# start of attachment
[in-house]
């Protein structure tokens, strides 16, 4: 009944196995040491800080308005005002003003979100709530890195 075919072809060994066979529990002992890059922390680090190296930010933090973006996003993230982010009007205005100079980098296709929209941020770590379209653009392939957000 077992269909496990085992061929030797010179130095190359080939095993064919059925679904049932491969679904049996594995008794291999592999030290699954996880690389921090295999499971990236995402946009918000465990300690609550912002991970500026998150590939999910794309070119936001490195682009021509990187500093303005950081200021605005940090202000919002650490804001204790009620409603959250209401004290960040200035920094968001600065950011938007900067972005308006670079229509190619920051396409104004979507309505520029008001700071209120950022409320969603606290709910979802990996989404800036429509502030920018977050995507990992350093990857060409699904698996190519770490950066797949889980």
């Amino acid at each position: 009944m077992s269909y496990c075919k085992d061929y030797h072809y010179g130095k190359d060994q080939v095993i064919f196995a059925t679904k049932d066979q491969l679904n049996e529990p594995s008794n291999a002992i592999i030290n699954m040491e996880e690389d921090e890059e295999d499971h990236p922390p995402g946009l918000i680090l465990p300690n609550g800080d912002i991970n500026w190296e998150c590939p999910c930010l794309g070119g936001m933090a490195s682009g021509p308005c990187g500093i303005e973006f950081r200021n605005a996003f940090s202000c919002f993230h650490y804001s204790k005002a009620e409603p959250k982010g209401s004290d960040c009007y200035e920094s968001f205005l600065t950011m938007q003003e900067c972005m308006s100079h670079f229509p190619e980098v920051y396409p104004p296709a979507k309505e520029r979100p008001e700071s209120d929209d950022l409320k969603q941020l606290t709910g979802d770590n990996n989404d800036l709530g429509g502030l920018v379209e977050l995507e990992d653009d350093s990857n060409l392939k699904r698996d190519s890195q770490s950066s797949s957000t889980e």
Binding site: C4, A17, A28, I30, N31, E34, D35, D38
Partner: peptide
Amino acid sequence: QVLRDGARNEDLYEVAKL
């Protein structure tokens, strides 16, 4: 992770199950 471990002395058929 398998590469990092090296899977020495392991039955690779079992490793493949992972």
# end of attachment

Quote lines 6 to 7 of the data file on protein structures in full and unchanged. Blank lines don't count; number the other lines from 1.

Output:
Amino acid sequence: QVLRDGARNEDLYEVAKL
């Protein structure tokens, strides 16, 4: 992770199950 471990002395058929 398998590469990092090296899977020495392991039955690779079992490793493949992972």